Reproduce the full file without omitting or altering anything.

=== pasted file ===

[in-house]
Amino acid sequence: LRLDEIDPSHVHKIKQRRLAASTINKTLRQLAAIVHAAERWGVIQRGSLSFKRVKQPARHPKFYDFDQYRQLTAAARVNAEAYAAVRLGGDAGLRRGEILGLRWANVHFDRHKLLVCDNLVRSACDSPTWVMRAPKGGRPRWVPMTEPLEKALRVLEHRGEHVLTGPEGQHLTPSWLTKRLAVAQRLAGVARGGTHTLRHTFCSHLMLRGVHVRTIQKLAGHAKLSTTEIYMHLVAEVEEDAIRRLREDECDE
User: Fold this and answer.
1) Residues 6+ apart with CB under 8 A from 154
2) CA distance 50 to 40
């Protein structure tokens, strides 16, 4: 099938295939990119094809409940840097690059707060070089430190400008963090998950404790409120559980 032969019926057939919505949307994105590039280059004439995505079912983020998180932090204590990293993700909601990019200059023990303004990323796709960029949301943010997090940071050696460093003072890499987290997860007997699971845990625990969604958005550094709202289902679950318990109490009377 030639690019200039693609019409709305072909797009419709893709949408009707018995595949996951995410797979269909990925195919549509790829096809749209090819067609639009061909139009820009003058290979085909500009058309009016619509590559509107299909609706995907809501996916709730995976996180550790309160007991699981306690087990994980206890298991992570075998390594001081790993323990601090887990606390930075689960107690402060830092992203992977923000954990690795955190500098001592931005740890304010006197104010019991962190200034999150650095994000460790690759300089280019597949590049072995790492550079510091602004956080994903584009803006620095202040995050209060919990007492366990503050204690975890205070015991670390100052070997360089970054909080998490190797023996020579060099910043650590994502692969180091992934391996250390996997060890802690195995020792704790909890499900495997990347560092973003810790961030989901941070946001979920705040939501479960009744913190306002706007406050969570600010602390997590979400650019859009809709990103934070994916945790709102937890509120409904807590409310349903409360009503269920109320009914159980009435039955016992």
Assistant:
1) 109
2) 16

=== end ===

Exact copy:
[in-house]
Amino acid sequence: LRLDEIDPSHVHKIKQRRLAASTINKTLRQLAAIVHAAERWGVIQRGSLSFKRVKQPARHPKFYDFDQYRQLTAAARVNAEAYAAVRLGGDAGLRRGEILGLRWANVHFDRHKLLVCDNLVRSACDSPTWVMRAPKGGRPRWVPMTEPLEKALRVLEHRGEHVLTGPEGQHLTPSWLTKRLAVAQRLAGVARGGTHTLRHTFCSHLMLRGVHVRTIQKLAGHAKLSTTEIYMHLVAEVEEDAIRRLREDECDE
User: Fold this and answer.
1) Residues 6+ apart with CB under 8 A from 154
2) CA distance 50 to 40
């Protein structure tokens, strides 16, 4: 099938295939990119094809409940840097690059707060070089430190400008963090998950404790409120559980 032969019926057939919505949307994105590039280059004439995505079912983020998180932090204590990293993700909601990019200059023990303004990323796709960029949301943010997090940071050696460093003072890499987290997860007997699971845990625990969604958005550094709202289902679950318990109490009377 030639690019200039693609019409709305072909797009419709893709949408009707018995595949996951995410797979269909990925195919549509790829096809749209090819067609639009061909139009820009003058290979085909500009058309009016619509590559509107299909609706995907809501996916709730995976996180550790309160007991699981306690087990994980206890298991992570075998390594001081790993323990601090887990606390930075689960107690402060830092992203992977923000954990690795955190500098001592931005740890304010006197104010019991962190200034999150650095994000460790690759300089280019597949590049072995790492550079510091602004956080994903584009803006620095202040995050209060919990007492366990503050204690975890205070015991670390100052070997360089970054909080998490190797023996020579060099910043650590994502692969180091992934391996250390996997060890802690195995020792704790909890499900495997990347560092973003810790961030989901941070946001979920705040939501479960009744913190306002706007406050969570600010602390997590979400650019859009809709990103934070994916945790709102937890509120409904807590409310349903409360009503269920109320009914159980009435039955016992």
Assistant:
1) 109
2) 16